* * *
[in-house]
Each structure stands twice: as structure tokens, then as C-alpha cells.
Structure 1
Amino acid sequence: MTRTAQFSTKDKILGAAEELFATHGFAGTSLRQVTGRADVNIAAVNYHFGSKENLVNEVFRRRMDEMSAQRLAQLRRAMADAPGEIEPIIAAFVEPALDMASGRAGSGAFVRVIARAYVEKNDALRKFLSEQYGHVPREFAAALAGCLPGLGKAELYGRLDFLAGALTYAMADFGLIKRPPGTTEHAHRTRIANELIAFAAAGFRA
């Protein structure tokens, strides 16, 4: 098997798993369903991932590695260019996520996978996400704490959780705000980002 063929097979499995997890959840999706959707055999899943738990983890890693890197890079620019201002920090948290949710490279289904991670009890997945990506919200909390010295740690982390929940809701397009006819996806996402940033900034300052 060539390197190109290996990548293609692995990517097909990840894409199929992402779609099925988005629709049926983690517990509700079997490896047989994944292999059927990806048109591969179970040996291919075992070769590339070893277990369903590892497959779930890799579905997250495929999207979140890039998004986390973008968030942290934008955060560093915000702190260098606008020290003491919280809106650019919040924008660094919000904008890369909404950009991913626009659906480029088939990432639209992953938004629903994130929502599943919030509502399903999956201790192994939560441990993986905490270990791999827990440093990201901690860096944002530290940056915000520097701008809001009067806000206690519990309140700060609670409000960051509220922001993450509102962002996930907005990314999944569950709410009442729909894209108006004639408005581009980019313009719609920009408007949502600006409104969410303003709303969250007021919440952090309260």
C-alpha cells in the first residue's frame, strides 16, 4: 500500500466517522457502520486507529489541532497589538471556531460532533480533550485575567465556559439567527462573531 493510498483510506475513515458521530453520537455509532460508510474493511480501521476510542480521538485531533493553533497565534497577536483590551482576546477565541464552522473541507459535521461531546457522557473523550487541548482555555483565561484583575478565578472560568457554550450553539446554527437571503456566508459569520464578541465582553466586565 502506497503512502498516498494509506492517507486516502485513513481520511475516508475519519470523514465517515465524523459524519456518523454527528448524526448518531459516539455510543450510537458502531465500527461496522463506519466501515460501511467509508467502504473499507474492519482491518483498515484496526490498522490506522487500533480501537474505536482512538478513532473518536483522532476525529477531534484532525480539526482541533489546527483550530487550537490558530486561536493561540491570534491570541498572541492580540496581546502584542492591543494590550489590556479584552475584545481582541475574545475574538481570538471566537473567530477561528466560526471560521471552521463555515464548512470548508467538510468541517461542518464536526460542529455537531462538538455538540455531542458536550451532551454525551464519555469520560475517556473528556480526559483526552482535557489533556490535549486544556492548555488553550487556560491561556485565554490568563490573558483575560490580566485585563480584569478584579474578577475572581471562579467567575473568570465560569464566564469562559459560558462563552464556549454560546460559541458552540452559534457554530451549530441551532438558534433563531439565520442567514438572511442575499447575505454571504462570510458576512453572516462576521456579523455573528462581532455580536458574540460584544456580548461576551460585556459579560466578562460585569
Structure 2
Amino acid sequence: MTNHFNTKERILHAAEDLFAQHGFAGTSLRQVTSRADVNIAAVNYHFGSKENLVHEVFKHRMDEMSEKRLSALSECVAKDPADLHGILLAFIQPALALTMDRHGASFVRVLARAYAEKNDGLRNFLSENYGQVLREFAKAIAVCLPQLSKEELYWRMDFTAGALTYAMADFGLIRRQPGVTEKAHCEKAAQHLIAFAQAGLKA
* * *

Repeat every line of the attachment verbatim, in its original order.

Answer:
[in-house]
Each structure stands twice: as structure tokens, then as C-alpha cells.
Structure 1
Amino acid sequence: MTRTAQFSTKDKILGAAEELFATHGFAGTSLRQVTGRADVNIAAVNYHFGSKENLVNEVFRRRMDEMSAQRLAQLRRAMADAPGEIEPIIAAFVEPALDMASGRAGSGAFVRVIARAYVEKNDALRKFLSEQYGHVPREFAAALAGCLPGLGKAELYGRLDFLAGALTYAMADFGLIKRPPGTTEHAHRTRIANELIAFAAAGFRA
């Protein structure tokens, strides 16, 4: 098997798993369903991932590695260019996520996978996400704490959780705000980002 063929097979499995997890959840999706959707055999899943738990983890890693890197890079620019201002920090948290949710490279289904991670009890997945990506919200909390010295740690982390929940809701397009006819996806996402940033900034300052 060539390197190109290996990548293609692995990517097909990840894409199929992402779609099925988005629709049926983690517990509700079997490896047989994944292999059927990806048109591969179970040996291919075992070769590339070893277990369903590892497959779930890799579905997250495929999207979140890039998004986390973008968030942290934008955060560093915000702190260098606008020290003491919280809106650019919040924008660094919000904008890369909404950009991913626009659906480029088939990432639209992953938004629903994130929502599943919030509502399903999956201790192994939560441990993986905490270990791999827990440093990201901690860096944002530290940056915000520097701008809001009067806000206690519990309140700060609670409000960051509220922001993450509102962002996930907005990314999944569950709410009442729909894209108006004639408005581009980019313009719609920009408007949502600006409104969410303003709303969250007021919440952090309260």
C-alpha cells in the first residue's frame, strides 16, 4: 500500500466517522457502520486507529489541532497589538471556531460532533480533550485575567465556559439567527462573531 493510498483510506475513515458521530453520537455509532460508510474493511480501521476510542480521538485531533493553533497565534497577536483590551482576546477565541464552522473541507459535521461531546457522557473523550487541548482555555483565561484583575478565578472560568457554550450553539446554527437571503456566508459569520464578541465582553466586565 502506497503512502498516498494509506492517507486516502485513513481520511475516508475519519470523514465517515465524523459524519456518523454527528448524526448518531459516539455510543450510537458502531465500527461496522463506519466501515460501511467509508467502504473499507474492519482491518483498515484496526490498522490506522487500533480501537474505536482512538478513532473518536483522532476525529477531534484532525480539526482541533489546527483550530487550537490558530486561536493561540491570534491570541498572541492580540496581546502584542492591543494590550489590556479584552475584545481582541475574545475574538481570538471566537473567530477561528466560526471560521471552521463555515464548512470548508467538510468541517461542518464536526460542529455537531462538538455538540455531542458536550451532551454525551464519555469520560475517556473528556480526559483526552482535557489533556490535549486544556492548555488553550487556560491561556485565554490568563490573558483575560490580566485585563480584569478584579474578577475572581471562579467567575473568570465560569464566564469562559459560558462563552464556549454560546460559541458552540452559534457554530451549530441551532438558534433563531439565520442567514438572511442575499447575505454571504462570510458576512453572516462576521456579523455573528462581532455580536458574540460584544456580548461576551460585556459579560466578562460585569
Structure 2
Amino acid sequence: MTNHFNTKERILHAAEDLFAQHGFAGTSLRQVTSRADVNIAAVNYHFGSKENLVHEVFKHRMDEMSEKRLSALSECVAKDPADLHGILLAFIQPALALTMDRHGASFVRVLARAYAEKNDGLRNFLSENYGQVLREFAKAIAVCLPQLSKEELYWRMDFTAGALTYAMADFGLIRRQPGVTEKAHCEKAAQHLIAFAQAGLKA